Google issued a stark warning in March about articles that have come about as a result of a writer receiving something for free. More recently, it handed out manual penalties to sites carrying content that didn’t fall in line.
People use links in web content, and there are two types that can be used- Follow and No Follow. No Follow does not count as a hit for the page, or impact on search rankings. This is what should be used for ‘non-organic’ links- when a link is placed because someone has paid for it to be there. In contrast, Follow links do impact on search rankings and hits, and should only be used at the discretion of the publisher when they want to neutrally link something.
In the PR world there are certain ‘offers’ directed at publications. It could be tickets to a gig in order for them to review, a book that might get a mention in a research-heavy feature, or even flights and accommodation for two if a resort is looking to generate editorial. Needless to say, there are potential ethical issues surrounding this and these have been discussed, at great, length, since what feels like the beginning of time. Nevertheless, this is the reality.
As editorial budgets are increasingly squeezed you could argue support from outside the newsroom/publication office/bedroom desk has never been more in demand. There simply isn’t enough money to send every staffer everywhere, if there’s any money to send any of them anywhere. Freelancers are increasingly used, but if they earn 25p per word, which isn’t the worst rate out there by a long stretch, and an average feature is 1,500-3,000 words long, that doesn’t leave much in the kitty to cover travel to Delhi. Even in economy.
Hence a lot of travel content people read being a result of organised press trips. In other areas, for example music, every album reviewed almost without exception was heard (if not received to keep) for free, and every performance attended is the same. None of this (should) impact on neutrality- the idea is to see what these writers think of the record/show/resort. And the system works. But Google apparently begs to differ.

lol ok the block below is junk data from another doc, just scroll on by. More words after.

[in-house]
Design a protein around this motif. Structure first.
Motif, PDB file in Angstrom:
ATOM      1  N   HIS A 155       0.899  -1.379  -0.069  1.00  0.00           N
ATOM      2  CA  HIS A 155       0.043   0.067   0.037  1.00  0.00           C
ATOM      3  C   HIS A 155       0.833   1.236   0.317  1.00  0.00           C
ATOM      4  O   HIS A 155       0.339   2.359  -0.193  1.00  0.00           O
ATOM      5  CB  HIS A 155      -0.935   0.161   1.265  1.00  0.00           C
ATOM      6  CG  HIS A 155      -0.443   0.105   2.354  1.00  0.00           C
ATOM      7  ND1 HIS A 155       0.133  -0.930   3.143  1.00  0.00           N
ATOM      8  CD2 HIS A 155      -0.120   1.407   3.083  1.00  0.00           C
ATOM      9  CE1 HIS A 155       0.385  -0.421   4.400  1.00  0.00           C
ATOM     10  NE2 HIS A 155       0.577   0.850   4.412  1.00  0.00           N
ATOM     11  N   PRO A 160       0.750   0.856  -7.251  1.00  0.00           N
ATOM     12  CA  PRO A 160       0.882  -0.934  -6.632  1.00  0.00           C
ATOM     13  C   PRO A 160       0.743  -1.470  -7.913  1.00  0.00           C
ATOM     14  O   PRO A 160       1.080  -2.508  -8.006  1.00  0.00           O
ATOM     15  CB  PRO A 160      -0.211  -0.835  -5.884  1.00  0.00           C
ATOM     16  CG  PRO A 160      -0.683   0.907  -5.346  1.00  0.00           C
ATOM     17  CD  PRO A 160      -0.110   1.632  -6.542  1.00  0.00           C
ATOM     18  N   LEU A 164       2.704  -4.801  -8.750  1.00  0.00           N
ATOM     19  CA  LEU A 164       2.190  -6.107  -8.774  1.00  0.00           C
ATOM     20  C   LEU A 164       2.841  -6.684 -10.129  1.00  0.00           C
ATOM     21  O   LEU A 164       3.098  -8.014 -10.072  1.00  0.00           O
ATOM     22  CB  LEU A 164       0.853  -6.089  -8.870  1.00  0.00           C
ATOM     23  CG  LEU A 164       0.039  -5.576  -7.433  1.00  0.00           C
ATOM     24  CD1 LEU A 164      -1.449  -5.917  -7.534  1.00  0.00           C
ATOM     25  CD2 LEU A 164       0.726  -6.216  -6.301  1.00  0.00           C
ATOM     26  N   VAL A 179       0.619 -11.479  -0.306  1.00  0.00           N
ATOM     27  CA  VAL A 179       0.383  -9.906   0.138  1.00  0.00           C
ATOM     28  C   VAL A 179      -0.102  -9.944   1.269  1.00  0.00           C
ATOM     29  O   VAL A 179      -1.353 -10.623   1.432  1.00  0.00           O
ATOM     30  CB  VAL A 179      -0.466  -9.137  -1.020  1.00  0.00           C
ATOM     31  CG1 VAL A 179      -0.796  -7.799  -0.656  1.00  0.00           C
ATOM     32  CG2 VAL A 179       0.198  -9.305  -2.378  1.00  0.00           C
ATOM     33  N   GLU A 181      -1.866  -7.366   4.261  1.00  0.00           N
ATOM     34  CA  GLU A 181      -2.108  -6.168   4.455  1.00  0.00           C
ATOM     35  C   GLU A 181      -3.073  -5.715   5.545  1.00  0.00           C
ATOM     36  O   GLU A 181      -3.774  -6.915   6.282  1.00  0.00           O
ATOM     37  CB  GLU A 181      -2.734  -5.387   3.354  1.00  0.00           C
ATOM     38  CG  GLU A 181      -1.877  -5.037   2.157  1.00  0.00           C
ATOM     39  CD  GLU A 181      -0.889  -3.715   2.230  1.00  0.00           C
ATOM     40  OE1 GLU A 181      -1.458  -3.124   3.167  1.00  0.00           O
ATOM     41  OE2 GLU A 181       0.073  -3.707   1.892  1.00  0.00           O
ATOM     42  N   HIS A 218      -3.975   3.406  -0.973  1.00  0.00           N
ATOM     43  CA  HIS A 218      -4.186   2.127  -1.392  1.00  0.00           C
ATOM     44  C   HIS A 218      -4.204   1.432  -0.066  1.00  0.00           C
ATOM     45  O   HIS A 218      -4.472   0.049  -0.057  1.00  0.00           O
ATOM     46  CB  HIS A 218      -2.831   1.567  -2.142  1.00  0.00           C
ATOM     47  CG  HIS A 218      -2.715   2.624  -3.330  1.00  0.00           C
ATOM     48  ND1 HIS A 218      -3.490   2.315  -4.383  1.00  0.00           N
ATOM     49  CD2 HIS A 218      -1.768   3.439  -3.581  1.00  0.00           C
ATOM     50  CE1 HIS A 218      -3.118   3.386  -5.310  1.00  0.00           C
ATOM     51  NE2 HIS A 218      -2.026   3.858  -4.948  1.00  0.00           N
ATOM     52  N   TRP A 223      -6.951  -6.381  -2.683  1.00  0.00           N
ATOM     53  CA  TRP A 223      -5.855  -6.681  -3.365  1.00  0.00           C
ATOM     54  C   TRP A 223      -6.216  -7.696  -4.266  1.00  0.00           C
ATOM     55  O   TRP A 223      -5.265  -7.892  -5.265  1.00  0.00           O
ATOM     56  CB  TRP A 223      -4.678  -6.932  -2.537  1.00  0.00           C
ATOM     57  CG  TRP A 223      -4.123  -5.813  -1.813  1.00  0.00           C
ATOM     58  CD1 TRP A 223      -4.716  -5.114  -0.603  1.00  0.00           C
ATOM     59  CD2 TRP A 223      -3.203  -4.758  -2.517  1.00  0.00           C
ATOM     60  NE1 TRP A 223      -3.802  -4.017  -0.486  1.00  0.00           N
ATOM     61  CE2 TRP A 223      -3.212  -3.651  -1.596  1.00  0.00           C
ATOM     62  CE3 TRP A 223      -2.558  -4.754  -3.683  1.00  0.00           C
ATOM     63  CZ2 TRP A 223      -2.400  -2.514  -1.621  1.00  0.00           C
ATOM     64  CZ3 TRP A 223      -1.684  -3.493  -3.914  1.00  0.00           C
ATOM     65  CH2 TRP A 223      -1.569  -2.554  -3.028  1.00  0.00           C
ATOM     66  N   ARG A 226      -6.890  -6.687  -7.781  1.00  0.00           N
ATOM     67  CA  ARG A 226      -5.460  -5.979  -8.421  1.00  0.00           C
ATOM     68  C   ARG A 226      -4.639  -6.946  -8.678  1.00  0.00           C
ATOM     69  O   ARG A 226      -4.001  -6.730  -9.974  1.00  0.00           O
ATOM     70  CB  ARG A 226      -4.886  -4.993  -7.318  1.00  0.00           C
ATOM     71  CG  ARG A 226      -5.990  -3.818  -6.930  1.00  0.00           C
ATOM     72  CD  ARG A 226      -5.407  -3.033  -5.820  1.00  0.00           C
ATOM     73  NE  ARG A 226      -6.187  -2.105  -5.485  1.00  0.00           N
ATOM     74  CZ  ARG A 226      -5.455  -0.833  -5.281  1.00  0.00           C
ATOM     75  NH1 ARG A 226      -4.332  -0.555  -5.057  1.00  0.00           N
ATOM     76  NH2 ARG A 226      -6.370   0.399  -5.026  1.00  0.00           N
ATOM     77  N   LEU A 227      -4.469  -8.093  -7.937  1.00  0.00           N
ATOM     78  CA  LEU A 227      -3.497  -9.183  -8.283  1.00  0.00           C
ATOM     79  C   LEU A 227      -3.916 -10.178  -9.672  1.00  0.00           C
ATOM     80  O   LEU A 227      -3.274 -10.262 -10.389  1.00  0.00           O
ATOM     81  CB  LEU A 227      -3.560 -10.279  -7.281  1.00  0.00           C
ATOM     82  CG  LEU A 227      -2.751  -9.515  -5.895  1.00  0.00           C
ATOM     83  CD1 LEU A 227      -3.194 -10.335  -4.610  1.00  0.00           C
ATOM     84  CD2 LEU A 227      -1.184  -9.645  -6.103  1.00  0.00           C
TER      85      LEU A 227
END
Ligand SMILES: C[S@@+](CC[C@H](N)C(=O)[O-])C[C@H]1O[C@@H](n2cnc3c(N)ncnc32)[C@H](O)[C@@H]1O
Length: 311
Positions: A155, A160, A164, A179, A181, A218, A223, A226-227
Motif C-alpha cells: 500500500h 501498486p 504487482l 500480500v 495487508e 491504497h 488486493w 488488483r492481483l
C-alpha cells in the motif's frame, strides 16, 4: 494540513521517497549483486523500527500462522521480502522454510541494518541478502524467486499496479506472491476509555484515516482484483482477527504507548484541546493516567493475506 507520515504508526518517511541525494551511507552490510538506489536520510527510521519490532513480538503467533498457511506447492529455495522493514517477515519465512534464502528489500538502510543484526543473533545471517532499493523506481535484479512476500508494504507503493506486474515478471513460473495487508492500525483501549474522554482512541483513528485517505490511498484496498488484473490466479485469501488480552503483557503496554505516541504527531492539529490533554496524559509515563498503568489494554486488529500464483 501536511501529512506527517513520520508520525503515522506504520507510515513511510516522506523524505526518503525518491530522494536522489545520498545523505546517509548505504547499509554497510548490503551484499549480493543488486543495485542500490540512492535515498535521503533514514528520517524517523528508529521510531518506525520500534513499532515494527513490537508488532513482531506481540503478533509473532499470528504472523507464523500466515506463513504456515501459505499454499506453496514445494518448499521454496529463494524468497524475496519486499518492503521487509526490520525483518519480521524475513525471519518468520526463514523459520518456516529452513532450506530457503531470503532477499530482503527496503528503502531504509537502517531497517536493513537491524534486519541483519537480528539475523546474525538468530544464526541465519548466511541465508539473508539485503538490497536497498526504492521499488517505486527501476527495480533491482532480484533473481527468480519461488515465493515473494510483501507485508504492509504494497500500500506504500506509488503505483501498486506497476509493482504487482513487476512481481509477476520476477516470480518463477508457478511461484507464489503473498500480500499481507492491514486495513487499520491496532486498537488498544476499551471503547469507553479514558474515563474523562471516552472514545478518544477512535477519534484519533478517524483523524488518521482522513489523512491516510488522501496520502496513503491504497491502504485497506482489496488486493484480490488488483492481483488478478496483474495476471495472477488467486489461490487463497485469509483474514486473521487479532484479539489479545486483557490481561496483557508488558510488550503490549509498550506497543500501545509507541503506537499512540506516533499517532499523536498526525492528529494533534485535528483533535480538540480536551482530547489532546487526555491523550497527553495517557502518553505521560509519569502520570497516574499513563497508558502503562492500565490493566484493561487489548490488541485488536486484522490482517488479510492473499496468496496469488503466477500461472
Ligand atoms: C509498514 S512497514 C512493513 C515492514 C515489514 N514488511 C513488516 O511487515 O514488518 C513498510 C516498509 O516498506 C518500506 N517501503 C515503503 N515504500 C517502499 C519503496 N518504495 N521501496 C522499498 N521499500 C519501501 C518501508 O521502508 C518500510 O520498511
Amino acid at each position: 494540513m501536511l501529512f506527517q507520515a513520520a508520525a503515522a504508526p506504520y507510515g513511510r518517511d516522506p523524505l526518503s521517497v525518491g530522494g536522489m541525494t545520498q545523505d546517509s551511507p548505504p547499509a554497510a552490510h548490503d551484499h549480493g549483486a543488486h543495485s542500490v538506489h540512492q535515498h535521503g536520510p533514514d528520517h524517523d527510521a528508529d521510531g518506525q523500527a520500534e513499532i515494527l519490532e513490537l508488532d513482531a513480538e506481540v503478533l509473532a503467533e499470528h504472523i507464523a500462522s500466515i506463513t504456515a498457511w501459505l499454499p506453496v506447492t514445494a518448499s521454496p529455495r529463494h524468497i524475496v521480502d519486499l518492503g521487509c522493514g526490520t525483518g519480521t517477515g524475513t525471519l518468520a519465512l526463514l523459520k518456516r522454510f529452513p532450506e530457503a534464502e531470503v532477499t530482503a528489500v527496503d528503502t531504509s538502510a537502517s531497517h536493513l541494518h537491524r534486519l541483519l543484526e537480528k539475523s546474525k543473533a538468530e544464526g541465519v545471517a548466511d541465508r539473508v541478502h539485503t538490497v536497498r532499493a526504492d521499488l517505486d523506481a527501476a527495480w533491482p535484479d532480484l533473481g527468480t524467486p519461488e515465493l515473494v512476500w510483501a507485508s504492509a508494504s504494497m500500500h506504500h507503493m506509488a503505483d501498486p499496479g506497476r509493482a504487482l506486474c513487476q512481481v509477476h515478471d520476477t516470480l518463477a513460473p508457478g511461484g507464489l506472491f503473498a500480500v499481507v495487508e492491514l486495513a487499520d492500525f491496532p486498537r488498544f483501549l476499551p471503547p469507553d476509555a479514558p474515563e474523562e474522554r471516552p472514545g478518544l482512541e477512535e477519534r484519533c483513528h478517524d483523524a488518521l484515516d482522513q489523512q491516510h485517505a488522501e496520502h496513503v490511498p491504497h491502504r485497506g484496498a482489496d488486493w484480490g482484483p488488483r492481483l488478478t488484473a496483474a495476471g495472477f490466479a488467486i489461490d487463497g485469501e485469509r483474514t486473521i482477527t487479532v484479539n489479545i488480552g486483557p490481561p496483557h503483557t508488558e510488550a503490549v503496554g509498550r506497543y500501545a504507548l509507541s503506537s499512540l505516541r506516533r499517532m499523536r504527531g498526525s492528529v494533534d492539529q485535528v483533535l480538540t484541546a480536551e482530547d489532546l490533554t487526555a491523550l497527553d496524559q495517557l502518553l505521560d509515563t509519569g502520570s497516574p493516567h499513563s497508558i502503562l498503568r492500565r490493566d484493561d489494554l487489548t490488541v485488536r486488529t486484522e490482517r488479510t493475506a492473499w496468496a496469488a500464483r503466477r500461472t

Or at least it does in the case of bloggers. New guidelines have been issued which aim to clarify the search engine’s stance on content resulting from any kind of freebie. This includes only using No Follow links, which could have a significant impact on the way the travel industry operates digitally (to name but the most obvious sector), and also clearly stating that something is in effect sponsored- i.e. the content wouldn’t exist if there hadn’t been a freebie.
This has been the case for some time when it comes to paid-for content on any site- publishers are not allowed to pass off advertorials as editorial. If that page was ‘bought’ by a sponsor, and that sponsor had a say in its content, the public should know about it. But when it comes to things being given for free, we get into much greyer territory.
Throw into the mix that eternal question- what is a blog- and you can’t help but feel as though there’s a quagmire forming underfoot. When does a blog become a news site, or an online magazine? What about bloggers who have a blog on a national newspaper website? Is the line drawn in terms of readership or something less easy to quantify- quality of content, perhaps?
The biggest concerns of all should be the impact on reader-publication relations and perception. One of the key reasons editorial is so desirable to brands of any kind is the fact it isn’t an advert. People form a bond with their chosen websites, or magazines, or newspapers, and that’s based on values, interests, and lifestyle. As a result, what the writers have to say carries more clout than any ad ever could. You could even argue this is intensified when it comes to blogs- the whole idea is that anyone can have one/publishers don’t need to live in the media ivory tower. So, imagine that the same writing appears on a page that follows Google’s latest advice to the letter. Suddenly the content doesn’t quite seem so persuasive, trustworthy, relevant, or valuable, regardless of whether the free price tag actually altered what the words said or not.